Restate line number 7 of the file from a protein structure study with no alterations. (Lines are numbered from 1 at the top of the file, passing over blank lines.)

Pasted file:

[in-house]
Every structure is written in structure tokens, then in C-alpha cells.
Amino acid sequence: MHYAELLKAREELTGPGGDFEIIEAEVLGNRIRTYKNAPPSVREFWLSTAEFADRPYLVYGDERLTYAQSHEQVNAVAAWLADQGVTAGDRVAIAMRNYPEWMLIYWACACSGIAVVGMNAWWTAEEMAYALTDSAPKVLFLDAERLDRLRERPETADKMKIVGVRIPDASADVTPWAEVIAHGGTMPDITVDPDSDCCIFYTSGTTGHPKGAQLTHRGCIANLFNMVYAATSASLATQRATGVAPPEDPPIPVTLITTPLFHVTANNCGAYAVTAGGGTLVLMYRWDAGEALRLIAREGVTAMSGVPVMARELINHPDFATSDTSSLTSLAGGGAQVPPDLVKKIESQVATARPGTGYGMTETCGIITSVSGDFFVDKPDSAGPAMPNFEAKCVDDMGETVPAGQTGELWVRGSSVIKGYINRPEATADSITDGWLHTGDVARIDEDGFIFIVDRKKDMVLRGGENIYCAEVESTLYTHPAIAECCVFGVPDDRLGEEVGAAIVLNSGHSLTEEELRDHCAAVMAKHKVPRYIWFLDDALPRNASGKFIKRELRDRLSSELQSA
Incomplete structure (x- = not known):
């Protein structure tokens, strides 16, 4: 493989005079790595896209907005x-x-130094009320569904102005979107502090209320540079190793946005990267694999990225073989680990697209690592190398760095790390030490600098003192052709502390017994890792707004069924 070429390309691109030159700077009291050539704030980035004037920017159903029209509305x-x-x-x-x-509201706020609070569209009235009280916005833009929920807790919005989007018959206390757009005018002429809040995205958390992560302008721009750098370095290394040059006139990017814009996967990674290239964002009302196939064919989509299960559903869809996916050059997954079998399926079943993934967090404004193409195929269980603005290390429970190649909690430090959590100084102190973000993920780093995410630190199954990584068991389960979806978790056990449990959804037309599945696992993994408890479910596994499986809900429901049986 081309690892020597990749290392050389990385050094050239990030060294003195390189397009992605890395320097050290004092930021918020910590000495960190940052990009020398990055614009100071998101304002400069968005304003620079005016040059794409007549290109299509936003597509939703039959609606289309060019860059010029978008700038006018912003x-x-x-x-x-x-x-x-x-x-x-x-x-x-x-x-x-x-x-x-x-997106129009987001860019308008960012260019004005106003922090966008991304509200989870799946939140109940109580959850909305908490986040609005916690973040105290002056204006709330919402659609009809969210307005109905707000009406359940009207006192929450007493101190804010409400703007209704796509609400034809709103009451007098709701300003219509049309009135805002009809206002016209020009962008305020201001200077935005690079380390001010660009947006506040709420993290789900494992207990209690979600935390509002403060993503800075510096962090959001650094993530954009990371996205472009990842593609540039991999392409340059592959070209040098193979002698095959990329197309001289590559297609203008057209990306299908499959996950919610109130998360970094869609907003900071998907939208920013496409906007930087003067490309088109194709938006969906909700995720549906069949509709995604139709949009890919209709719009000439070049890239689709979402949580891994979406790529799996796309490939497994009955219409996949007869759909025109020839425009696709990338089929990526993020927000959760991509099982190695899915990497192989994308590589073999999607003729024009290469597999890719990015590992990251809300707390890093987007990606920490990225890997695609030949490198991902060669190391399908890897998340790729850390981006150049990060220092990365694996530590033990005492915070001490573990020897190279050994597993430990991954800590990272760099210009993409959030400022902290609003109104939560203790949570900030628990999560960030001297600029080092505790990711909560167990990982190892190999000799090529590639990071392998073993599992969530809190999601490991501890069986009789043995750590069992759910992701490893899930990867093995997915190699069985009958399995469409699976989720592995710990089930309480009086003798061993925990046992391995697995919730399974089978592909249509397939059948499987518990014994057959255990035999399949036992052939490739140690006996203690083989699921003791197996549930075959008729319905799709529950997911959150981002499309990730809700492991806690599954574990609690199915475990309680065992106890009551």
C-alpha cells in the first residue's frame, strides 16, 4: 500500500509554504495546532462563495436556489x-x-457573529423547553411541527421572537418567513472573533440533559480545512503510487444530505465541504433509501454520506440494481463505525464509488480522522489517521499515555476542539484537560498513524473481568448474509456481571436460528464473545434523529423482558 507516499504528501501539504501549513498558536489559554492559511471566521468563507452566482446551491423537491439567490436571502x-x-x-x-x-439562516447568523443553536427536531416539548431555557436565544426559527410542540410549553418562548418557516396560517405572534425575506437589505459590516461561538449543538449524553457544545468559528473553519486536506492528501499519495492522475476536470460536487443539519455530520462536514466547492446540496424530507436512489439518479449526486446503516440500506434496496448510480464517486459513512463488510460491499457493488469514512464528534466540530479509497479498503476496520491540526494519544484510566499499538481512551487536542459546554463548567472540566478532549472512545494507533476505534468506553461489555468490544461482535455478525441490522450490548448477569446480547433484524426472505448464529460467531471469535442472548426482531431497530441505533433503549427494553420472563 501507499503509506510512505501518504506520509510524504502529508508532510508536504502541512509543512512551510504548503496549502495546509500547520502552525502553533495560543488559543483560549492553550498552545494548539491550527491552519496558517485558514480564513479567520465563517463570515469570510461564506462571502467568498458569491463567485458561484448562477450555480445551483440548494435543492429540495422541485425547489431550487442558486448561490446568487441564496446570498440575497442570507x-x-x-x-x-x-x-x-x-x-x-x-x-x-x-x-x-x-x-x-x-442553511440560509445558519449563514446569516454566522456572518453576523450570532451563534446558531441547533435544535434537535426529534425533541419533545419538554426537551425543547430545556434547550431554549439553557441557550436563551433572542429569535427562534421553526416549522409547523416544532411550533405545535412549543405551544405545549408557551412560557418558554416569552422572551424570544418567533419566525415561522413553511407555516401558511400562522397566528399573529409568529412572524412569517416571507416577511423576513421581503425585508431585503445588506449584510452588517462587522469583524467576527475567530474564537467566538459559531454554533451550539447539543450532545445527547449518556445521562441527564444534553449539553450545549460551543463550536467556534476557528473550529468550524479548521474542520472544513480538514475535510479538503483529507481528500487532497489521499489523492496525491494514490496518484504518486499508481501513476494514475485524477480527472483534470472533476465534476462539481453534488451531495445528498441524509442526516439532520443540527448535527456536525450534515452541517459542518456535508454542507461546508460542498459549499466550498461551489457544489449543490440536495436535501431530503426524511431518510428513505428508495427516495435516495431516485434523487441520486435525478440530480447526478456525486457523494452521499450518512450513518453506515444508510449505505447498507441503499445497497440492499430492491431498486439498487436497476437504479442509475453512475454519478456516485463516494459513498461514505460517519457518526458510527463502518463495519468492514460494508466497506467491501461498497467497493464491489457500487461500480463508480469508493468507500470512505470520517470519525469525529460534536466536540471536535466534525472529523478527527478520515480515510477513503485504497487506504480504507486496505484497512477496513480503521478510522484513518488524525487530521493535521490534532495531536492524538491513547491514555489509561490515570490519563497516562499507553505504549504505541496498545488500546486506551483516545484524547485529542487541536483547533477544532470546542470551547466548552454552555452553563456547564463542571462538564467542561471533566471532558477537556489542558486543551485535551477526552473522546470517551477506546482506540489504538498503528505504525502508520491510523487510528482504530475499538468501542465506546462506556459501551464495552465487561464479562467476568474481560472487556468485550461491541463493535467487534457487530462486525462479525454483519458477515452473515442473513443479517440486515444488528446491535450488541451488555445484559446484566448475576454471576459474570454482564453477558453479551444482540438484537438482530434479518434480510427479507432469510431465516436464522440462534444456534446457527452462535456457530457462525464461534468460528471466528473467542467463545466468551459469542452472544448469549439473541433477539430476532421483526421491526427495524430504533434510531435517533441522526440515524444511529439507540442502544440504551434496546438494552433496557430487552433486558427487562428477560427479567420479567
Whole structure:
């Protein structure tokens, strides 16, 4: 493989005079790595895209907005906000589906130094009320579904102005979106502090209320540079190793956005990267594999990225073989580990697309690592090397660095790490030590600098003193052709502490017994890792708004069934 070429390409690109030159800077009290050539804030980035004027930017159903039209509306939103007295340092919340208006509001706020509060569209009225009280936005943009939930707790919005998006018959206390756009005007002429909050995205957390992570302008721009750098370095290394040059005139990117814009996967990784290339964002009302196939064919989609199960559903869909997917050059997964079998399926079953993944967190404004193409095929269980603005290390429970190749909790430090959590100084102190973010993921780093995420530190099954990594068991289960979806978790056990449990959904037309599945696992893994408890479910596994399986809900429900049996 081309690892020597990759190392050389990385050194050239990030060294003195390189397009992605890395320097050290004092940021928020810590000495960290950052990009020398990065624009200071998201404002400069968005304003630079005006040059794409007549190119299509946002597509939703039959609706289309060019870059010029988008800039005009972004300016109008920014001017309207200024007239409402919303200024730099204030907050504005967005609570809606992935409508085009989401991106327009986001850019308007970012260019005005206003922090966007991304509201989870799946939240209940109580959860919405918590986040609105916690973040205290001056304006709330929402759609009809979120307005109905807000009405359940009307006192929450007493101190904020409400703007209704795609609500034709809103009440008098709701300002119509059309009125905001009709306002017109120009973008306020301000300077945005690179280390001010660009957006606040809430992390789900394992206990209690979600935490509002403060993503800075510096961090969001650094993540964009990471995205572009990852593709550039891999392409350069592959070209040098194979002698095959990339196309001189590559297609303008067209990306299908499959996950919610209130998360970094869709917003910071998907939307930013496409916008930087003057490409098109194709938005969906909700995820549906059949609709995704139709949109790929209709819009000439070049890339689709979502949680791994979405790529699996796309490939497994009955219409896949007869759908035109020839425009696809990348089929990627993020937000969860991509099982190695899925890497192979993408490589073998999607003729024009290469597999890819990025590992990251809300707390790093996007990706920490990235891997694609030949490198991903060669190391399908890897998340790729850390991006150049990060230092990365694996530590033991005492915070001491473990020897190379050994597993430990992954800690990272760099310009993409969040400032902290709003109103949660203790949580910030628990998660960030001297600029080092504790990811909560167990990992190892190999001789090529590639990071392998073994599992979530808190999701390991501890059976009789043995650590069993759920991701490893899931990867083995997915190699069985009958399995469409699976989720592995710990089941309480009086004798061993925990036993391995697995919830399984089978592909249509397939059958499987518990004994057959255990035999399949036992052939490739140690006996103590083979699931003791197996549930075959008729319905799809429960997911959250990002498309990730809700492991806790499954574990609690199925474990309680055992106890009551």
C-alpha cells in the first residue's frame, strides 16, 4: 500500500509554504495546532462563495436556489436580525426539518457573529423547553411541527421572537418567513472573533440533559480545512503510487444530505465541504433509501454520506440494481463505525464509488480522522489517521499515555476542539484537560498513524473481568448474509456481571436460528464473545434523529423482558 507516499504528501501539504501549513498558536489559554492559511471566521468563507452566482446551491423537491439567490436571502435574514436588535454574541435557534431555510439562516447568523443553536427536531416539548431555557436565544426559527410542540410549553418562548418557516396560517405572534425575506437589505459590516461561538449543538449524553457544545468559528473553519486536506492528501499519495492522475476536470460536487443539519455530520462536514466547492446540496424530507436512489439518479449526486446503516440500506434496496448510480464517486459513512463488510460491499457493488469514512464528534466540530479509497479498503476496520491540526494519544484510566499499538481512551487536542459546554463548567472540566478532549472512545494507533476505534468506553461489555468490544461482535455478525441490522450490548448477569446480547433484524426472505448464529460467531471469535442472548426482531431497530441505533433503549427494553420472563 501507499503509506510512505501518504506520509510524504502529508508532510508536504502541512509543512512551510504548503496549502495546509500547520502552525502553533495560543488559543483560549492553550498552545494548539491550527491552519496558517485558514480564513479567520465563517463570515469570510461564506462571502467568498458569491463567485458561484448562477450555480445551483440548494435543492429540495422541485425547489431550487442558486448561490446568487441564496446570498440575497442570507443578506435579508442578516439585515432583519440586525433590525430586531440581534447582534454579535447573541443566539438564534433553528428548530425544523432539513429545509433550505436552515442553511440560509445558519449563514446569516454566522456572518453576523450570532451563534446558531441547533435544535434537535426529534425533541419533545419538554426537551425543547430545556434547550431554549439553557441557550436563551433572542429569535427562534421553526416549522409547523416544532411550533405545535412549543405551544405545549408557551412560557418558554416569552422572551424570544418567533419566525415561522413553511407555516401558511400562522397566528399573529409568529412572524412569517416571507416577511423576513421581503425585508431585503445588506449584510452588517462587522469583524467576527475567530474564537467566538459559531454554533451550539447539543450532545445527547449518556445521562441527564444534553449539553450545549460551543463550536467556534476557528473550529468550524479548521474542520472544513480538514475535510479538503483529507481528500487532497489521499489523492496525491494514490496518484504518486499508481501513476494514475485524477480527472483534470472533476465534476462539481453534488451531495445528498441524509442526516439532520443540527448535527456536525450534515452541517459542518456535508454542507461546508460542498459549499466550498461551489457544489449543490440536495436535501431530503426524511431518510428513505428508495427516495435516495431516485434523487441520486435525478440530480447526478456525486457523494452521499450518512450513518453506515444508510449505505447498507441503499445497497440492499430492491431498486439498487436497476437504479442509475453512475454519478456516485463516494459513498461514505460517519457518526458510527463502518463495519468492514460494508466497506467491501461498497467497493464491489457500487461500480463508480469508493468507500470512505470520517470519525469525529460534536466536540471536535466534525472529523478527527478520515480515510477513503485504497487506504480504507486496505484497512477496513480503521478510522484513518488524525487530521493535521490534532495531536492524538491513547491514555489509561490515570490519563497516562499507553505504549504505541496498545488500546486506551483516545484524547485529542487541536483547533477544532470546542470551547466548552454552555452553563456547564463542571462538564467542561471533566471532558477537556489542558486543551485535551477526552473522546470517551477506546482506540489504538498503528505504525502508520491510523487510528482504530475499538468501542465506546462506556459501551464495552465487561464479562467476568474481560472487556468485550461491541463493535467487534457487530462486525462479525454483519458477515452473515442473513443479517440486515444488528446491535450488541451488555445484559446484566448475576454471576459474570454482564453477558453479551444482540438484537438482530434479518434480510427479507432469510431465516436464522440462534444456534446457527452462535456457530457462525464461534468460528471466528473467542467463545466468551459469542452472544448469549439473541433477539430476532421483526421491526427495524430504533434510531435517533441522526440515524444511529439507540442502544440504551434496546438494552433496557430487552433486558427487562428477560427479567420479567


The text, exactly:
Whole structure: